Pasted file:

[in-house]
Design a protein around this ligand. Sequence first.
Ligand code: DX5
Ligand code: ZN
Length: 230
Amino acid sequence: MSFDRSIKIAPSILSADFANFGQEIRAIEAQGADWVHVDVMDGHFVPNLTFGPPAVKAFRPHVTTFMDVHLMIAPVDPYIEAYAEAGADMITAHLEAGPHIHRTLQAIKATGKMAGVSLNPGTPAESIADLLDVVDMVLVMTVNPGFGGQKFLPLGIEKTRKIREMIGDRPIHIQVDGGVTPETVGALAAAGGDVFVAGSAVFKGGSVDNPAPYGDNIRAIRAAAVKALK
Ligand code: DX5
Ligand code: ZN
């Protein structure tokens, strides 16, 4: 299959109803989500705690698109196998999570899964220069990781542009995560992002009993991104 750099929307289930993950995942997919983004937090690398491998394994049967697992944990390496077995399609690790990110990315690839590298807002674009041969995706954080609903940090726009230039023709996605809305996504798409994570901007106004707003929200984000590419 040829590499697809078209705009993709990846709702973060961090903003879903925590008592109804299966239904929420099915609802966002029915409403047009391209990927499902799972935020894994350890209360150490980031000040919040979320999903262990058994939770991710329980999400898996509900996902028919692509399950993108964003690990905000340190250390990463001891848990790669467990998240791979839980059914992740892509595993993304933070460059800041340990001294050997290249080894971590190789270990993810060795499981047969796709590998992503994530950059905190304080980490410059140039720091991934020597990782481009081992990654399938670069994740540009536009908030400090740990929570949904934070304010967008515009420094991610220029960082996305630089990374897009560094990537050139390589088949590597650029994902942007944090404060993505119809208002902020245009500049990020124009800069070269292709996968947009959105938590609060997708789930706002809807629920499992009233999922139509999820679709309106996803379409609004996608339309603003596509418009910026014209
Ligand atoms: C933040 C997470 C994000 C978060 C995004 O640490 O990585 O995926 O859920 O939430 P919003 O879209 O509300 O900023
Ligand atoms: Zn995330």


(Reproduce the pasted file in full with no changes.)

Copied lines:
[in-house]
Design a protein around this ligand. Sequence first.
Ligand code: DX5
Ligand code: ZN
Length: 230
Amino acid sequence: MSFDRSIKIAPSILSADFANFGQEIRAIEAQGADWVHVDVMDGHFVPNLTFGPPAVKAFRPHVTTFMDVHLMIAPVDPYIEAYAEAGADMITAHLEAGPHIHRTLQAIKATGKMAGVSLNPGTPAESIADLLDVVDMVLVMTVNPGFGGQKFLPLGIEKTRKIREMIGDRPIHIQVDGGVTPETVGALAAAGGDVFVAGSAVFKGGSVDNPAPYGDNIRAIRAAAVKALK
Ligand code: DX5
Ligand code: ZN
């Protein structure tokens, strides 16, 4: 299959109803989500705690698109196998999570899964220069990781542009995560992002009993991104 750099929307289930993950995942997919983004937090690398491998394994049967697992944990390496077995399609690790990110990315690839590298807002674009041969995706954080609903940090726009230039023709996605809305996504798409994570901007106004707003929200984000590419 040829590499697809078209705009993709990846709702973060961090903003879903925590008592109804299966239904929420099915609802966002029915409403047009391209990927499902799972935020894994350890209360150490980031000040919040979320999903262990058994939770991710329980999400898996509900996902028919692509399950993108964003690990905000340190250390990463001891848990790669467990998240791979839980059914992740892509595993993304933070460059800041340990001294050997290249080894971590190789270990993810060795499981047969796709590998992503994530950059905190304080980490410059140039720091991934020597990782481009081992990654399938670069994740540009536009908030400090740990929570949904934070304010967008515009420094991610220029960082996305630089990374897009560094990537050139390589088949590597650029994902942007944090404060993505119809208002902020245009500049990020124009800069070269292709996968947009959105938590609060997708789930706002809807629920499992009233999922139509999820679709309106996803379409609004996608339309603003596509418009910026014209
Ligand atoms: C933040 C997470 C994000 C978060 C995004 O640490 O990585 O995926 O859920 O939430 P919003 O879209 O509300 O900023
Ligand atoms: Zn995330």